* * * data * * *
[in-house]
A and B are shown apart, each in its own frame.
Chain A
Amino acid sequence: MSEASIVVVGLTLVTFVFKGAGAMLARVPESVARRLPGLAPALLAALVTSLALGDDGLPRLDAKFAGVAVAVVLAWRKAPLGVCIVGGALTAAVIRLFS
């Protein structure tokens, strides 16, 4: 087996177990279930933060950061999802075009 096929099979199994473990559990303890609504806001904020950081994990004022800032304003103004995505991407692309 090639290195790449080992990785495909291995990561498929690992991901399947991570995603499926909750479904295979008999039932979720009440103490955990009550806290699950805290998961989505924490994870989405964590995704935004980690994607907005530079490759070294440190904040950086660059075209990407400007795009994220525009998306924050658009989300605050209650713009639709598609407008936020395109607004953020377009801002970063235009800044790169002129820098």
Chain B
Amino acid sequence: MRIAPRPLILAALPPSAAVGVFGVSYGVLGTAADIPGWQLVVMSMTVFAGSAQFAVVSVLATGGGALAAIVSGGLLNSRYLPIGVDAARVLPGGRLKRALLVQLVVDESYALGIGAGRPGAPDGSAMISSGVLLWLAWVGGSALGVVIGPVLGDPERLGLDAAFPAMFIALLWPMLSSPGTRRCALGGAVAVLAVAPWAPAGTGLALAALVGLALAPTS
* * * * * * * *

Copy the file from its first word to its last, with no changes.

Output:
[in-house]
A and B are shown apart, each in its own frame.
Chain A
Amino acid sequence: MSEASIVVVGLTLVTFVFKGAGAMLARVPESVARRLPGLAPALLAALVTSLALGDDGLPRLDAKFAGVAVAVVLAWRKAPLGVCIVGGALTAAVIRLFS
């Protein structure tokens, strides 16, 4: 087996177990279930933060950061999802075009 096929099979199994473990559990303890609504806001904020950081994990004022800032304003103004995505991407692309 090639290195790449080992990785495909291995990561498929690992991901399947991570995603499926909750479904295979008999039932979720009440103490955990009550806290699950805290998961989505924490994870989405964590995704935004980690994607907005530079490759070294440190904040950086660059075209990407400007795009994220525009998306924050658009989300605050209650713009639709598609407008936020395109607004953020377009801002970063235009800044790169002129820098």
Chain B
Amino acid sequence: MRIAPRPLILAALPPSAAVGVFGVSYGVLGTAADIPGWQLVVMSMTVFAGSAQFAVVSVLATGGGALAAIVSGGLLNSRYLPIGVDAARVLPGGRLKRALLVQLVVDESYALGIGAGRPGAPDGSAMISSGVLLWLAWVGGSALGVVIGPVLGDPERLGLDAAFPAMFIALLWPMLSSPGTRRCALGGAVAVLAVAPWAPAGTGLALAALVGLALAPTS